LICENSURE OF APPLIED
Senate Bill 1015 (S-2) as passed by the Senate
Sponsor: Sen. Rebekah Warren
Senate Bill 1016 (S-1) as passed by the Senate
Sponsor: Sen. Margaret E. O'Brien
House Committee: Health Policy
Senate Committee: Regulatory Reform
Complete to 11-27-16
Senate Bill 1015 would add Part 182A (Applied Behavior Analysis) to the Public Health Code to provide for the licensure of applied behavior analysts and assistant behavior analysts, and to prescribe the functions of both. The bill would also amend Part 161 (General Provisions) to establish an application fee of $75 and a per-year license fee of $90 for a behavior analyst or assistant behavior analyst license. The license cycle will be four years.
Senate Bill 1016 would add a section to the proposed Part 182A to establish the Michigan Board of Behavior Analysts within the Department of Licensing and Regulatory Affairs (LARA).
Senate Bills 1015 and 1016 are tie-barred together, meaning neither would take effect unless both are both are enacted. They would take effect 90 days after enactment.
Simply put, applied behavior analysis (ABA) is the application of behavioral principals to everyday situations that will, over time, increase or decrease targeted behaviors. Those behaviors can be almost anything, from aggression or self-injury, to communication or reading and adaptive living skills. ABA is often used for individuals with autism spectrum disorders or brain injuries.
Senate Bill 1015 (proposed 333.16343a and Part 182A)
Practice of applied behavior analysis
The practice of applied behavior analysis is the design, implementation, and evaluation of instructional and environmental modifications to produce socially significant improvements in human behavior. The practice of applied behavior analysis includes all of the following:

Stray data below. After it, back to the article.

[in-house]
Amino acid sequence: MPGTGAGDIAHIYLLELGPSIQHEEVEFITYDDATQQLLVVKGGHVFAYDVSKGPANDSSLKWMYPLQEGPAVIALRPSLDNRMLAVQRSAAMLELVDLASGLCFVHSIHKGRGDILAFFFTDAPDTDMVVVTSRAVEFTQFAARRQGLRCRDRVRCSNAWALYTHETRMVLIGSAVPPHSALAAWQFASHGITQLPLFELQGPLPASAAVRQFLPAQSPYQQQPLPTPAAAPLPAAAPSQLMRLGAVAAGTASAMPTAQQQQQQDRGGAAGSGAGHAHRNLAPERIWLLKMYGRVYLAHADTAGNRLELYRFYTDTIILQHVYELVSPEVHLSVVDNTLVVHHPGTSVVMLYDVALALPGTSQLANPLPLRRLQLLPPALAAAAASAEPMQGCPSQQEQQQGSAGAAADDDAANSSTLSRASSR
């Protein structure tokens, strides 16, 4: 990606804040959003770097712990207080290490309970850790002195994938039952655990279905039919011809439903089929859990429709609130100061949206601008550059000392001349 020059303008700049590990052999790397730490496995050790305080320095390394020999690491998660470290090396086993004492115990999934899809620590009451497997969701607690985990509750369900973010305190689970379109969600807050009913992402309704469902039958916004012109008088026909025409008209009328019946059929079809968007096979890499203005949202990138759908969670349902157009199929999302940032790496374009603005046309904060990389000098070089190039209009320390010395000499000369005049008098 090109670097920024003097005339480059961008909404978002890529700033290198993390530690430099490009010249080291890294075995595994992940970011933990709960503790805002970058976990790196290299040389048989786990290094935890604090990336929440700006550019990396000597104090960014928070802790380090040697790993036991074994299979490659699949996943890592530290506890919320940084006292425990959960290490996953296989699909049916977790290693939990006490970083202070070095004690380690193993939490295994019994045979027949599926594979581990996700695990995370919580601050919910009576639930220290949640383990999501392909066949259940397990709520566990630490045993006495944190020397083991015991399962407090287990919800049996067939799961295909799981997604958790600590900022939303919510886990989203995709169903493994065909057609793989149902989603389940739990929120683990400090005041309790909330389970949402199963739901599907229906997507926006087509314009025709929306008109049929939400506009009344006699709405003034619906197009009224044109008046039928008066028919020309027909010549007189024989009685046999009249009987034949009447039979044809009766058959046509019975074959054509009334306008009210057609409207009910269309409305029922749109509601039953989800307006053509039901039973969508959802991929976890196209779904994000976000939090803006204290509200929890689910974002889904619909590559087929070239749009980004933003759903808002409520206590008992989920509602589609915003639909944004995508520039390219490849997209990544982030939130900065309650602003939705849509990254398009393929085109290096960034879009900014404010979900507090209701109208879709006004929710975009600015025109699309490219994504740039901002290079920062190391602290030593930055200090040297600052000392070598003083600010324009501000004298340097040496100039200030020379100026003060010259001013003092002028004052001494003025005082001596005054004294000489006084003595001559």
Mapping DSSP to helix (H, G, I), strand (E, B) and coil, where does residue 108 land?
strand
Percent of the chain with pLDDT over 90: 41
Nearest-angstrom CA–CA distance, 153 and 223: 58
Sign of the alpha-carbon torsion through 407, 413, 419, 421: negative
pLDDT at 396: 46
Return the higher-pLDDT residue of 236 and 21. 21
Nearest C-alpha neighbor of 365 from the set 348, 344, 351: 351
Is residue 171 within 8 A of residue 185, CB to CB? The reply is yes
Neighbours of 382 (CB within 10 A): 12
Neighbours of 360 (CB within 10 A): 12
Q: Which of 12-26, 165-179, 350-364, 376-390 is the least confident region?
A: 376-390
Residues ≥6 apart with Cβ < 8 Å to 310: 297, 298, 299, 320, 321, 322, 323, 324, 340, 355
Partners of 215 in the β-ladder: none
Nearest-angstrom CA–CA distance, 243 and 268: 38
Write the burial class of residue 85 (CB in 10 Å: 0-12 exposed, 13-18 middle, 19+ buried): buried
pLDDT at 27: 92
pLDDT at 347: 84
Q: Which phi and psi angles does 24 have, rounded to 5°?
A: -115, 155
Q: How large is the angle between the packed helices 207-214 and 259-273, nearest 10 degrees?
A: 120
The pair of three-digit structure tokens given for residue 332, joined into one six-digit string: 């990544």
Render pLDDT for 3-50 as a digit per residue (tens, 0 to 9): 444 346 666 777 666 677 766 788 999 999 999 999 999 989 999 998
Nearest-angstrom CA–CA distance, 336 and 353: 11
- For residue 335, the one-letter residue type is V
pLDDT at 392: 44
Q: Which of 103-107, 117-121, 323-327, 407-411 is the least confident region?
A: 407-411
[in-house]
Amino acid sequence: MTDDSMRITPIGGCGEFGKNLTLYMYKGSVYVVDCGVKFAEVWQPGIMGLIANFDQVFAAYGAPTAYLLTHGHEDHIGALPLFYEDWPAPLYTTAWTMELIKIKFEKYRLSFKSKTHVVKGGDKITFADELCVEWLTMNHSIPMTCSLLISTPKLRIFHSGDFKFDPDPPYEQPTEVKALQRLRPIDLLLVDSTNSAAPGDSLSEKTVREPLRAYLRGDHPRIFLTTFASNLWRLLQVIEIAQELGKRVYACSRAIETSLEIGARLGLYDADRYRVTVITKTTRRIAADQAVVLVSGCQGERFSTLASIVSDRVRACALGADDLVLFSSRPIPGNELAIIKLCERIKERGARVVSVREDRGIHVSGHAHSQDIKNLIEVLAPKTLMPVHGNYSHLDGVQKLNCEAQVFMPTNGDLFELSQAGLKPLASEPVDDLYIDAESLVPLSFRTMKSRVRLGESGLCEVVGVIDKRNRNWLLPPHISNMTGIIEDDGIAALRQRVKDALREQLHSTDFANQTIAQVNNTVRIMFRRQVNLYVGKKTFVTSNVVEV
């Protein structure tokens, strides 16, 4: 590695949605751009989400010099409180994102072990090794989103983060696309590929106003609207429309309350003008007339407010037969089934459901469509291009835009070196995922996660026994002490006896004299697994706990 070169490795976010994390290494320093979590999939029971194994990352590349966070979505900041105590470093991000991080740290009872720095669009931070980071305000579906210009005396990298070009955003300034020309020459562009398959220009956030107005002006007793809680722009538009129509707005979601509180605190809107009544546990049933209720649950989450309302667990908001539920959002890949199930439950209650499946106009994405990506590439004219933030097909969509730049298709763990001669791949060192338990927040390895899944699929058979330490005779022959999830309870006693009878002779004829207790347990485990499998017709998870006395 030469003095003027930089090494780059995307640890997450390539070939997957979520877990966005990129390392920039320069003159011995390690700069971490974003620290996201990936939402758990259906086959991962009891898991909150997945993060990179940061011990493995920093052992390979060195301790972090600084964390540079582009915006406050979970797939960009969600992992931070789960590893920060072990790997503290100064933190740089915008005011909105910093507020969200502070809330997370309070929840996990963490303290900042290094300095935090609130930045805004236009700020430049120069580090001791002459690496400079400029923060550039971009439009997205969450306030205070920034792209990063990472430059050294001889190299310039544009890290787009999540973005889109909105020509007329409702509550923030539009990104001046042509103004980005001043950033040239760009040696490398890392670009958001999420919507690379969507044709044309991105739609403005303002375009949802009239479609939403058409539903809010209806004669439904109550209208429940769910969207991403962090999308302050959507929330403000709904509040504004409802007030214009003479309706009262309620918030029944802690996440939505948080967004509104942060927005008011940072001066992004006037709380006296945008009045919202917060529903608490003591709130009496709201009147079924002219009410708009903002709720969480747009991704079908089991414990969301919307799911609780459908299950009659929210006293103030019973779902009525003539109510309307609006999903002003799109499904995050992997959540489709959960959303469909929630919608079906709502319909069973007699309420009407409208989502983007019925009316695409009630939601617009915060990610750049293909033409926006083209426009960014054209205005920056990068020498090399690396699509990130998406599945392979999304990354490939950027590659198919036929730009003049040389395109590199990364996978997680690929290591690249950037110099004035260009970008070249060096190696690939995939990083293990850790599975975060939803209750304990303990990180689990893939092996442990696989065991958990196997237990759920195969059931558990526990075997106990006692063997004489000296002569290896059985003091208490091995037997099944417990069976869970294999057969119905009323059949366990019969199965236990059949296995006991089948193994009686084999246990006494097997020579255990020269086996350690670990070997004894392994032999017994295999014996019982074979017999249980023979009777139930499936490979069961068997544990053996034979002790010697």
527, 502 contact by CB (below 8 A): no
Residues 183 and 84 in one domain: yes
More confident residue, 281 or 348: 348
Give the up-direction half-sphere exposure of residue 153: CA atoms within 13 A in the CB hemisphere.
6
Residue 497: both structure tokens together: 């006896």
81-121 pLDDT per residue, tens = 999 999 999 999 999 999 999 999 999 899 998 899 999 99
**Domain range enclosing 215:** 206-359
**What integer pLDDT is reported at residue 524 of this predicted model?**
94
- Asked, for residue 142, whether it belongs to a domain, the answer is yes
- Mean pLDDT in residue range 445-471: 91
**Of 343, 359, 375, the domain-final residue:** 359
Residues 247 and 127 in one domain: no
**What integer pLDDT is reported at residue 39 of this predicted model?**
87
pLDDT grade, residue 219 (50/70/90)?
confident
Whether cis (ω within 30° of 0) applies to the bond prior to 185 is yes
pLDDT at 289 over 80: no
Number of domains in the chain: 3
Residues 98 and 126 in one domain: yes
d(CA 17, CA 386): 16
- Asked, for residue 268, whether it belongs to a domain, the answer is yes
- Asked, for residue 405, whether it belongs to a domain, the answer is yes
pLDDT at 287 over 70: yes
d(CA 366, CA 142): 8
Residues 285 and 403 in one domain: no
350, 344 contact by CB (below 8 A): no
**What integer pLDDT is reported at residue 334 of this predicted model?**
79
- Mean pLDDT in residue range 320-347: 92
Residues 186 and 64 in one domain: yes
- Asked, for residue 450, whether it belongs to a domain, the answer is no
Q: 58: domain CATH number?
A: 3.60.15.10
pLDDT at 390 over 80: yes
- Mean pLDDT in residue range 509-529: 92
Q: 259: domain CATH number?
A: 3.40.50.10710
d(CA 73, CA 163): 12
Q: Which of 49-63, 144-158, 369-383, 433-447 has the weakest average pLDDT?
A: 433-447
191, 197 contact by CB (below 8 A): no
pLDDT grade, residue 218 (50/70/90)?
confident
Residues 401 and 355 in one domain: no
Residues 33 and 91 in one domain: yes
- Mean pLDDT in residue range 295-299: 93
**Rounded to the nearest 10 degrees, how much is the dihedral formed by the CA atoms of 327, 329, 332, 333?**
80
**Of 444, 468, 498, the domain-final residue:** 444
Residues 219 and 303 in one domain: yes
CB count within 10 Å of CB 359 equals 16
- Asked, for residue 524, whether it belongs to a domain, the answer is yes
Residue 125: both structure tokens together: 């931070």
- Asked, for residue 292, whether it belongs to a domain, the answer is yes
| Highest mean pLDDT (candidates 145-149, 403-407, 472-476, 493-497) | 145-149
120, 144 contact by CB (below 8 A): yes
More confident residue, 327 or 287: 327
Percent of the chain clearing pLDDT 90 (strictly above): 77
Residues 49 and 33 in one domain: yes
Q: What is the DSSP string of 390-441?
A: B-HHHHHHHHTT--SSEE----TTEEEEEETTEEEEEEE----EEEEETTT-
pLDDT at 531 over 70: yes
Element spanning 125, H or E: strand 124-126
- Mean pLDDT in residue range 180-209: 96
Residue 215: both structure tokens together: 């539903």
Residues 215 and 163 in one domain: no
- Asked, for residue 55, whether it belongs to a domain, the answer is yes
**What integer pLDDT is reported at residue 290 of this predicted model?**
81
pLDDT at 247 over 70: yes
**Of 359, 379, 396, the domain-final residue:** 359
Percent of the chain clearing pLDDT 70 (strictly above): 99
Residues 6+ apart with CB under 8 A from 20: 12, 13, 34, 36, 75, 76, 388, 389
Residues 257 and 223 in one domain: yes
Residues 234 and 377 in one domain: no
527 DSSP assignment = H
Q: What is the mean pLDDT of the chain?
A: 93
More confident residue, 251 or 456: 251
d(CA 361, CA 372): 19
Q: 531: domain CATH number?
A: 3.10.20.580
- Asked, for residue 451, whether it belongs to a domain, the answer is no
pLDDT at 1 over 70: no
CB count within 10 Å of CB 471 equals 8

· The empirical identification of functional relations between behavior and environmental factors, known as functional assessment and analysis;
· Applied behavior analysis interventions that are based on scientific research and the direct observation and measurement of behavior and the environment;
· The utilization of contextual factors, motivating operations, antecedent stimuli, or positive reinforcement; and
· The utilization of other consequences to help individuals develop new behaviors, increase or decrease existing behaviors, and emit behaviors under specific environmental conditions.
The practice of ABA does not include the practice of medicine; osteopathic medicine and surgery; medical diagnosis or treatment; speech language pathology; physical therapy; occupational therapy; psychological testing, including standardized testing for intelligence or personality; diagnosis of a mental or physical impairment; or the practice of neuropsychology, psychotherapy, cognitive therapy, sex therapy, psychoanalysis, hypnotherapy, or counseling as treatment modalities.
Titles and practice limited to licensed individuals
Beginning one year after the rules promulgated by the Board take effect, an individual may not use the titles "licensed behavior analyst", "L.B.A.", "licensed assistant behavior analyst", "L.A.B.A." or similar words or letters unless licensed as such or otherwise authorized.
Also, beginning one year after the rules take effect, a person may not engage in the practice of ABA or practice as an assistant behavior analyst unless licensed or otherwise authorized.
The prohibition on practice by unlicensed individuals does not prevent self-care by a patient or uncompensated care by a family member; a behavior technician or school-based paraprofessional from implementing a care plan under the delegation and supervision of a behavior analyst; a family member from conducting a follow-up home program; or a psychologist from providing applied behavior analysis within the scope of the psychologist's training. It also does not prevent a state-licensed professional from performing one or more of the services included in ABA, as long as that service is in the scope of that professional's practice, and he or she is qualified to perform it and does not represent himself or herself as a behavior analyst or assistant behavior analyst.
Finally, the prohibition does not prevent a student in ABA from performing behavior analysis under the supervision of a licensed behavior analyst or instructor in a Behavior Analyst Certification Board (BACB)-approved course of study. Likewise, it does not prevent an unlicensed individual from pursuing experience in ABA compatible with the BACB's experience requirements, under the supervision of a licensed behavior analyst.